There were more than 21,000 ‘significant’ financial alerts for construction SMEs in Q3 of this year, according to a financial distress report from insolvency specialists Begbies Traynor.
The report showed a 41 per cent jump in ‘significant’ SME financial red flags from 15,501 in Q2 to 21,831 in Q3.
The figure is in stark contrast to the statistics for larger companies, which show almost a 50 per cent fall in red flags in the same period to 504, compared with 967 in Q2.
Overall construction continues to suffer, with a 33 per cent quarterly increase in significant or critical red flags from 17,456 in Q2 to 23,190 in Q3.
In the South, red flags increased marginally less – by 32 per cent from 7,395 in Q2 to 9,777 in Q3.
In the rest of the UK there was a 34 per cent increase in red flags from 9,834 in Q2 to 13,168 in Q3.
Begbies Traynor attributed the quarter-on-quarter increase in ‘significant’ distress levels among SMEs across all sectors to the growing impact of “zombie businesses” – companies who are in debt and are only just generating sufficient cash to survive.
Begbies Traynor partner Julie Palmer said: “These figures demonstrate that an increasing number of SMEs are bearing the brunt of the current challenging credit and trading conditions.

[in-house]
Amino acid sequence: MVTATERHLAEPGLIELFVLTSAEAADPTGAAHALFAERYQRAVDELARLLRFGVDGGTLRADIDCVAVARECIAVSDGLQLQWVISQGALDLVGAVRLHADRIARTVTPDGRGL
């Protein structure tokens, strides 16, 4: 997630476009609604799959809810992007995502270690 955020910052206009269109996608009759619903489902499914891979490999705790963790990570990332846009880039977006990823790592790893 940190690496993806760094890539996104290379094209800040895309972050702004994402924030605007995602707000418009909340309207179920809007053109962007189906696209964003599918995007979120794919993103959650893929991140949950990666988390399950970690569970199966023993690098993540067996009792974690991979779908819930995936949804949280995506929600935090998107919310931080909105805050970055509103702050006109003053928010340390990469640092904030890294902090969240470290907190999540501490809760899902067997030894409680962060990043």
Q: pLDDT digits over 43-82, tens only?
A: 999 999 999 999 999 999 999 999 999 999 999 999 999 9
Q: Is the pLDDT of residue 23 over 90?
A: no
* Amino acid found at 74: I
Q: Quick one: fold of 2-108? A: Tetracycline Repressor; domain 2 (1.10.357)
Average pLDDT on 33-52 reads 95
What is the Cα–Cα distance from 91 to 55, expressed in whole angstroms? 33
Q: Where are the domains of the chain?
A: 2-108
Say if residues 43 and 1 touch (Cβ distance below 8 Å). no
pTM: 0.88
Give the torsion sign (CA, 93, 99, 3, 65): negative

“It is evident that larger businesses are exploiting their scale by enforcing lengthier payment terms on SMEs.
“This, together with the disproportionate impact of higher energy prices and the limited availability of funding support, is combining to form a perfect storm for the UK’s SME sector.”
In his first trade press interview, construction minister Michael Fallon threatened to “name and shame” banks that do not step up and lend to construction companies.
Ms Palmer added: “Unfortunately the outlook for many of these SMEs is poor.
“These zombie companies are only just generating sufficient cash to pay the interest on their debts and keep creditors at bay.
“While many of these SMEs may survive with the benefit of low interest rates and creditor forbearance, they are in no position to deal with unexpected costs, lost orders or bad debts or to fund increases in working capital and invest in growth.
“At a time when the hopes for a UK recovery are pinned on the private sector delivering growth and investment, it is clear that the government needs to act quickly to ensure credit conditions for SMEs are improved or risk choking off a recovery before it really gets started.”